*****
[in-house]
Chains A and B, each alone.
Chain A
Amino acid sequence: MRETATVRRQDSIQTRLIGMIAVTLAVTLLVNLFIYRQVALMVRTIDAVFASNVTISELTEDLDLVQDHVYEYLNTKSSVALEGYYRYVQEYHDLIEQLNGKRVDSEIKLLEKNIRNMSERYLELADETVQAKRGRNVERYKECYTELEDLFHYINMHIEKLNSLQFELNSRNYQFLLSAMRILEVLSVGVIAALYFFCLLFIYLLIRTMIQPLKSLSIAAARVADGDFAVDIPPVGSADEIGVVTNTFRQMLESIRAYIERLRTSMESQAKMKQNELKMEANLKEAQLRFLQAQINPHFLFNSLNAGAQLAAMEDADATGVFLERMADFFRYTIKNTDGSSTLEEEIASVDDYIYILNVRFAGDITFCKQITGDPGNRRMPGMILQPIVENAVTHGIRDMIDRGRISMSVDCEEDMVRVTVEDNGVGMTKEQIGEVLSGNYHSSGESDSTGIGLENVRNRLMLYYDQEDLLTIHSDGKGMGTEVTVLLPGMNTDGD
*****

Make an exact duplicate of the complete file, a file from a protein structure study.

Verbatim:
[in-house]
Chains A and B, each alone.
Chain A
Amino acid sequence: MRETATVRRQDSIQTRLIGMIAVTLAVTLLVNLFIYRQVALMVRTIDAVFASNVTISELTEDLDLVQDHVYEYLNTKSSVALEGYYRYVQEYHDLIEQLNGKRVDSEIKLLEKNIRNMSERYLELADETVQAKRGRNVERYKECYTELEDLFHYINMHIEKLNSLQFELNSRNYQFLLSAMRILEVLSVGVIAALYFFCLLFIYLLIRTMIQPLKSLSIAAARVADGDFAVDIPPVGSADEIGVVTNTFRQMLESIRAYIERLRTSMESQAKMKQNELKMEANLKEAQLRFLQAQINPHFLFNSLNAGAQLAAMEDADATGVFLERMADFFRYTIKNTDGSSTLEEEIASVDDYIYILNVRFAGDITFCKQITGDPGNRRMPGMILQPIVENAVTHGIRDMIDRGRISMSVDCEEDMVRVTVEDNGVGMTKEQIGEVLSGNYHSSGESDSTGIGLENVRNRLMLYYDQEDLLTIHSDGKGMGTEVTVLLPGMNTDGD